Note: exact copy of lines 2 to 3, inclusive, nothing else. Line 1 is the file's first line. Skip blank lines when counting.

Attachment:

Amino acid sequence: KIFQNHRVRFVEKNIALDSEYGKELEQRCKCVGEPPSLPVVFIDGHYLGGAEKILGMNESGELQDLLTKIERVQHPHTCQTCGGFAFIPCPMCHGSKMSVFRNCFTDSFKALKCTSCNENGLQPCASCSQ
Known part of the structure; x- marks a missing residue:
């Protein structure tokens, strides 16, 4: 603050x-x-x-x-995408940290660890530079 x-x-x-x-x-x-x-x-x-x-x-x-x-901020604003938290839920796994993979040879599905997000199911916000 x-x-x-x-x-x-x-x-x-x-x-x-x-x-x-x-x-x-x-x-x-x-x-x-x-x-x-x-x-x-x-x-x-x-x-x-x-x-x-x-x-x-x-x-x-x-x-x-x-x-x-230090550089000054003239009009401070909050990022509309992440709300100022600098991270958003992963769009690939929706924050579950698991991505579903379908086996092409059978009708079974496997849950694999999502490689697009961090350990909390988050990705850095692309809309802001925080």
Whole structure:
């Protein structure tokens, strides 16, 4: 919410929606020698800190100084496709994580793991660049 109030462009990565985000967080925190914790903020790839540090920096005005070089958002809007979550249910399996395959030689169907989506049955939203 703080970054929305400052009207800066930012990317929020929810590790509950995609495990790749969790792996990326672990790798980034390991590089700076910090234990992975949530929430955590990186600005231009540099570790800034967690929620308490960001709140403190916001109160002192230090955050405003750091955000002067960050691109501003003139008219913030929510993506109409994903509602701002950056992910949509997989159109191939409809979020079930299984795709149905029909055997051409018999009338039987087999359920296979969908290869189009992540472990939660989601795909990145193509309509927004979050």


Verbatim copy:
Known part of the structure; x- marks a missing residue:
């Protein structure tokens, strides 16, 4: 603050x-x-x-x-995408940290660890530079 x-x-x-x-x-x-x-x-x-x-x-x-x-901020604003938290839920796994993979040879599905997000199911916000 x-x-x-x-x-x-x-x-x-x-x-x-x-x-x-x-x-x-x-x-x-x-x-x-x-x-x-x-x-x-x-x-x-x-x-x-x-x-x-x-x-x-x-x-x-x-x-x-x-x-x-230090550089000054003239009009401070909050990022509309992440709300100022600098991270958003992963769009690939929706924050579950698991991505579903379908086996092409059978009708079974496997849950694999999502490689697009961090350990909390988050990705850095692309809309802001925080």